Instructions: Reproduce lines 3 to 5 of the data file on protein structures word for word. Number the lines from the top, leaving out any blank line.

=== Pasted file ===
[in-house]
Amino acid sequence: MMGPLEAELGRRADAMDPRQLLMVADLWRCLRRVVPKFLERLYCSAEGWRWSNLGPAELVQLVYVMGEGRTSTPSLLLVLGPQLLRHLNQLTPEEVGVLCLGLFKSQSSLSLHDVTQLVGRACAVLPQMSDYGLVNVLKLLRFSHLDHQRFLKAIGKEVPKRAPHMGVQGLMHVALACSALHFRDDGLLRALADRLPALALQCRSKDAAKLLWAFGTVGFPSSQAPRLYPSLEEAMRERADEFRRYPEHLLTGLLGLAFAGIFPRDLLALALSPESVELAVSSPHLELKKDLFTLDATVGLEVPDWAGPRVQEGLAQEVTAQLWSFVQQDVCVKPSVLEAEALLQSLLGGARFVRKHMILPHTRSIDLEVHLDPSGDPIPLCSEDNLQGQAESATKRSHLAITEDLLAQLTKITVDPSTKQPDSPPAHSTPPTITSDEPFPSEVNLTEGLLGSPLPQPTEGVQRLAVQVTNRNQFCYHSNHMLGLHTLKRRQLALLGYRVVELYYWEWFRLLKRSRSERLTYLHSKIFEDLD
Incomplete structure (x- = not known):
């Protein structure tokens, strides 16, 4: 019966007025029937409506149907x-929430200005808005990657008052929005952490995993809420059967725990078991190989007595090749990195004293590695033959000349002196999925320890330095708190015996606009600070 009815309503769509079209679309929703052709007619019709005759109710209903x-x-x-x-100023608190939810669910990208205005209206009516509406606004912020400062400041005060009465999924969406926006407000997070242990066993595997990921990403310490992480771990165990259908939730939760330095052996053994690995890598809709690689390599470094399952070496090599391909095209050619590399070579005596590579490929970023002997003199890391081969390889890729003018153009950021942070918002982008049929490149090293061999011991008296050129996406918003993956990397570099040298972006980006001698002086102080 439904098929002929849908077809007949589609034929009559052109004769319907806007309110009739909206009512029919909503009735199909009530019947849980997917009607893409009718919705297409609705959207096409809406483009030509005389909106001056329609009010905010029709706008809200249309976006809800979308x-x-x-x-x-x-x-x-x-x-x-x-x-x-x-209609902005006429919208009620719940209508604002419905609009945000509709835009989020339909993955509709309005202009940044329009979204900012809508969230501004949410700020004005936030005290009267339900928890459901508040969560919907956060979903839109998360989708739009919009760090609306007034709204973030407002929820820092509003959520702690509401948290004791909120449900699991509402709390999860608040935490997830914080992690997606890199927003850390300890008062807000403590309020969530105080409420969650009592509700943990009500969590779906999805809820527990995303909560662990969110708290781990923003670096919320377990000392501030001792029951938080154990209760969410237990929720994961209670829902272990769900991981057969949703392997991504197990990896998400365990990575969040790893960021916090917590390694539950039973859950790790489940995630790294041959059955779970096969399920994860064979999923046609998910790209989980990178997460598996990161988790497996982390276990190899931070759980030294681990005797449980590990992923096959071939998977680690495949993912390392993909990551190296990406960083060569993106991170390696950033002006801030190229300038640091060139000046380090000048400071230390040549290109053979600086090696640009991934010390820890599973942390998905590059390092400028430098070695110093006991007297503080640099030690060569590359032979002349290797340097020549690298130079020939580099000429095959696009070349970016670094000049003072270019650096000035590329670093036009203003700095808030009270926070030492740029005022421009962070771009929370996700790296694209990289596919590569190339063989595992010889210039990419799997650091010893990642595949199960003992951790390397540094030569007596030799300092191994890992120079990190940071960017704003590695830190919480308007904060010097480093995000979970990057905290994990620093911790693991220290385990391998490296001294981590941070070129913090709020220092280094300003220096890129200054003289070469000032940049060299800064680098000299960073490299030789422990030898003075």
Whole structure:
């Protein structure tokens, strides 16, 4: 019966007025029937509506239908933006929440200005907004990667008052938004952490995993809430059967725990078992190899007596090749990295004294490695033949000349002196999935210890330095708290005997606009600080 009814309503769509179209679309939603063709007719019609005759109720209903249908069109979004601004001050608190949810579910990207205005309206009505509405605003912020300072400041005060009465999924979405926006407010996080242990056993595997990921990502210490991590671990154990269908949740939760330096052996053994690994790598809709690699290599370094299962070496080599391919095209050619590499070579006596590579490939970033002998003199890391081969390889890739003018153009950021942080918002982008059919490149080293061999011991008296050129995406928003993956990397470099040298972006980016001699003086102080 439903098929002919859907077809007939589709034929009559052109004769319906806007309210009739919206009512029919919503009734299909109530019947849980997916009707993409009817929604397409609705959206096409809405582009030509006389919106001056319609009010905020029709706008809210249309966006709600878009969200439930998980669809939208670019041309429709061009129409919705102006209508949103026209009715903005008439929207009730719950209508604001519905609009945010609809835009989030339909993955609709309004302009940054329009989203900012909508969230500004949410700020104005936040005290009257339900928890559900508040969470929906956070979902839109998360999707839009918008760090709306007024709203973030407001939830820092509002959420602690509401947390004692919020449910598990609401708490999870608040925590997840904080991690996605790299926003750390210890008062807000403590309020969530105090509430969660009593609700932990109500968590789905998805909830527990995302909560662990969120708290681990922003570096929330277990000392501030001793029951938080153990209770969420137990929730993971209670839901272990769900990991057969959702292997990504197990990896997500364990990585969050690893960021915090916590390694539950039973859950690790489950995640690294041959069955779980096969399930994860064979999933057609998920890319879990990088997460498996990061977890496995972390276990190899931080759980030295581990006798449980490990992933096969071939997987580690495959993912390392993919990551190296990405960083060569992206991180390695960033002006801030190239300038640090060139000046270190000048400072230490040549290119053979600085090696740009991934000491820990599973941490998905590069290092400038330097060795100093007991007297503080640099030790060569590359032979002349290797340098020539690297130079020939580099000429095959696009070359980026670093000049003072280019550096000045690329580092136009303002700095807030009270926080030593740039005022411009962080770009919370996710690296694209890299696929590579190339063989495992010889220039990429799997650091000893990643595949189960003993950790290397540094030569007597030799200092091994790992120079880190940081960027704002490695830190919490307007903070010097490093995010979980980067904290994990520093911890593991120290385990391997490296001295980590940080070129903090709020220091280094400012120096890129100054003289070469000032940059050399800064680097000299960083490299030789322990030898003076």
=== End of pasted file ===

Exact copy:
Incomplete structure (x- = not known):
């Protein structure tokens, strides 16, 4: 019966007025029937409506149907x-929430200005808005990657008052929005952490995993809420059967725990078991190989007595090749990195004293590695033959000349002196999925320890330095708190015996606009600070 009815309503769509079209679309929703052709007619019709005759109710209903x-x-x-x-100023608190939810669910990208205005209206009516509406606004912020400062400041005060009465999924969406926006407000997070242990066993595997990921990403310490992480771990165990259908939730939760330095052996053994690995890598809709690689390599470094399952070496090599391909095209050619590399070579005596590579490929970023002997003199890391081969390889890729003018153009950021942070918002982008049929490149090293061999011991008296050129996406918003993956990397570099040298972006980006001698002086102080 439904098929002929849908077809007949589609034929009559052109004769319907806007309110009739909206009512029919909503009735199909009530019947849980997917009607893409009718919705297409609705959207096409809406483009030509005389909106001056329609009010905010029709706008809200249309976006809800979308x-x-x-x-x-x-x-x-x-x-x-x-x-x-x-209609902005006429919208009620719940209508604002419905609009945000509709835009989020339909993955509709309005202009940044329009979204900012809508969230501004949410700020004005936030005290009267339900928890459901508040969560919907956060979903839109998360989708739009919009760090609306007034709204973030407002929820820092509003959520702690509401948290004791909120449900699991509402709390999860608040935490997830914080992690997606890199927003850390300890008062807000403590309020969530105080409420969650009592509700943990009500969590779906999805809820527990995303909560662990969110708290781990923003670096919320377990000392501030001792029951938080154990209760969410237990929720994961209670829902272990769900991981057969949703392997991504197990990896998400365990990575969040790893960021916090917590390694539950039973859950790790489940995630790294041959059955779970096969399920994860064979999923046609998910790209989980990178997460598996990161988790497996982390276990190899931070759980030294681990005797449980590990992923096959071939998977680690495949993912390392993909990551190296990406960083060569993106991170390696950033002006801030190229300038640091060139000046380090000048400071230390040549290109053979600086090696640009991934010390820890599973942390998905590059390092400028430098070695110093006991007297503080640099030690060569590359032979002349290797340097020549690298130079020939580099000429095959696009070349970016670094000049003072270019650096000035590329670093036009203003700095808030009270926070030492740029005022421009962070771009929370996700790296694209990289596919590569190339063989595992010889210039990419799997650091010893990642595949199960003992951790390397540094030569007596030799300092191994890992120079990190940071960017704003590695830190919480308007904060010097480093995000979970990057905290994990620093911790693991220290385990391998490296001294981590941070070129913090709020220092280094300003220096890129200054003289070469000032940049060299800064680098000299960073490299030789422990030898003075």
Whole structure: